New York Knicks forward Reggie Bullock was the star of the team’s recent Pride Night festivities, despite sitting out due to injury. When the veteran wingman emerged from the locker room last Thursday, he was wearing Rainbow sneakers with Rainbow-dyed streaks in his hair.

The gestures, like many of Bullock’s actions in recent years, were meant to show solidarity with the LGBTQ community. Bullock has been a staunch advocate for LGBTQ people since the 2014 murder of his transgender sister, Mia Henderson. Last October, Bullock lost another sister, Keiosha Moore, who was fatally stabbed in Baltimore.

“Obviously something tragic happened to me,” Bullock told reporters, via Gay City News. “I stand up for the whole LGBTQ community. I want to continue using my platform to stand up for all those all over the world who are fighting for equality on a daily basis. That’s what I’m about and that’s what my sister believed in.”

In the immediate aftermath of Mia’s death, Bullock still referred to her with male pronouns, and had her birth name tattooed on her arm. In an interview last year on the YouTube series, “Kikis with Louie,” Bullock said it took him some time to become educated on trans issues. Eventually, he got his sister’s street name, “Mia Henderson,” tattooed on his leg.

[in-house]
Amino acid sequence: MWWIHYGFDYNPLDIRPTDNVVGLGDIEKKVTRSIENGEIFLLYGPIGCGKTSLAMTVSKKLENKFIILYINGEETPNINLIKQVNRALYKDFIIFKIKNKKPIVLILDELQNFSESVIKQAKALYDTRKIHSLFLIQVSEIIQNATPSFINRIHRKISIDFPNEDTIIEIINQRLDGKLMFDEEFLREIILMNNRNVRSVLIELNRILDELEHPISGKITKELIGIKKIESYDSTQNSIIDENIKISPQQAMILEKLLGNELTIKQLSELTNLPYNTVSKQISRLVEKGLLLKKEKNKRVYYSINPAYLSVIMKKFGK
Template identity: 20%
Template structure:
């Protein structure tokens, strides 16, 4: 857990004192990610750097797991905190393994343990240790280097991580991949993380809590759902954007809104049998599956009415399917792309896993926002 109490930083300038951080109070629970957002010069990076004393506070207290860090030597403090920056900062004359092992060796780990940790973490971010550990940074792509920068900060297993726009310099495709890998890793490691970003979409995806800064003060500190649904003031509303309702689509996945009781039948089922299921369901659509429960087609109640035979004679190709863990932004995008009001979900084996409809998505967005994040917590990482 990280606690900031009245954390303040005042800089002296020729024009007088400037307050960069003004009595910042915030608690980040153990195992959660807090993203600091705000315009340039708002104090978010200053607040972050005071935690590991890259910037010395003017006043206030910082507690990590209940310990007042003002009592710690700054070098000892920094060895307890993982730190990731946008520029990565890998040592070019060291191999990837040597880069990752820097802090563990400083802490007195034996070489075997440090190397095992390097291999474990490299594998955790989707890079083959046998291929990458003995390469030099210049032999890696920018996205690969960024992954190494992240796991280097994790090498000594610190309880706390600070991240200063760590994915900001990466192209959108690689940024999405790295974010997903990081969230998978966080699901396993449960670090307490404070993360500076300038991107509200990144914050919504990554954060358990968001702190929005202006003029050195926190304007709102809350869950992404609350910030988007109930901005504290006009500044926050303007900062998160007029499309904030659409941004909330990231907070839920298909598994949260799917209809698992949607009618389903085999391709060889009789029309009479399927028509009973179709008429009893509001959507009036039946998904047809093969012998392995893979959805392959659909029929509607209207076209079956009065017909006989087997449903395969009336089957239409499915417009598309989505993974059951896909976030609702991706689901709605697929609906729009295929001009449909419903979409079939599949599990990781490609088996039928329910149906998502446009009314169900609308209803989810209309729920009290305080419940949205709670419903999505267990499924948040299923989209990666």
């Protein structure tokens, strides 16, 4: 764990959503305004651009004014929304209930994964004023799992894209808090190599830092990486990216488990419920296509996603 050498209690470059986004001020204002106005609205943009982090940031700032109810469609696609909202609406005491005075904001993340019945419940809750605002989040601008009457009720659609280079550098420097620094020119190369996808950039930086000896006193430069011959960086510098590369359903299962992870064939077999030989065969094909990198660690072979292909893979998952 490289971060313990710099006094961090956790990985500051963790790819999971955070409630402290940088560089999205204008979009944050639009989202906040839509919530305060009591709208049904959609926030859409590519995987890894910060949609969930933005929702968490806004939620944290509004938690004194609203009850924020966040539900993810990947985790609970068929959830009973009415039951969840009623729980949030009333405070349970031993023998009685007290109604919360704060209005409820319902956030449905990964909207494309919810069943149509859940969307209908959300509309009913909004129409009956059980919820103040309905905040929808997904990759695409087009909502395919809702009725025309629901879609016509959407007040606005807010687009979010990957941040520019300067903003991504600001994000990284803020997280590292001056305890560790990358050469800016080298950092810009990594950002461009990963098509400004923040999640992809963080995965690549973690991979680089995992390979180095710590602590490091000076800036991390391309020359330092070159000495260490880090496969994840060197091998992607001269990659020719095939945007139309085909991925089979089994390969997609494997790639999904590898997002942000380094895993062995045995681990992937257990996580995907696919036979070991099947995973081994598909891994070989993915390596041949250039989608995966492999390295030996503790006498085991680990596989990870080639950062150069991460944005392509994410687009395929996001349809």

Since then, Bullock has become an outspoken LGBTQ activist, becoming the first active NBA player to participate in New York City’s Pride March and immersing himself with organizations like GLAAD. Two years ago, Bullock also got the acronym “LGBTQ” tattooed on his calf.

During the 2017-18 season, Bullock hosted Pride Night for his club at the time, the Detroit Pistons.

Even though Bullock was unable to play during the Knicks’ Pride Night — he missed the first 33 games of the season following offseason surgery — he was a focal point of the evening. The nine-year NBA veteran wore a rainbow t-shirt that he designed with students at the Hetrick-Martin Institute, which is an NYC-based LGBTQ youth center that reaches thousands of kids each year across 38 states.

“The kids designed the actual letters, and I told them my sister’s story,” Bullock told Gay City News. “I heard different stories of different kids and some kids who hadn’t come out yet and don’t know how to tell their parents. All in all, it was a great time. There is nothing better than to talk and interact with those kids.”

The Knicks organization did its part as well, displaying the words “Pride Night” on the Madison Square Garden jumbotron and perching rainbows on all video boards. Some of Bullock’s teammates wore the rainbow t-shirts as well, an act that Bullock says would’ve been unfathomable just a few years ago.

With just 10 games under his belt this season, there’s room for Bullock to make more of an impact on the court for the Knicks. But so far, he’s already had an immense impact on the team’s culture, continuing to push his noble message of inclusion.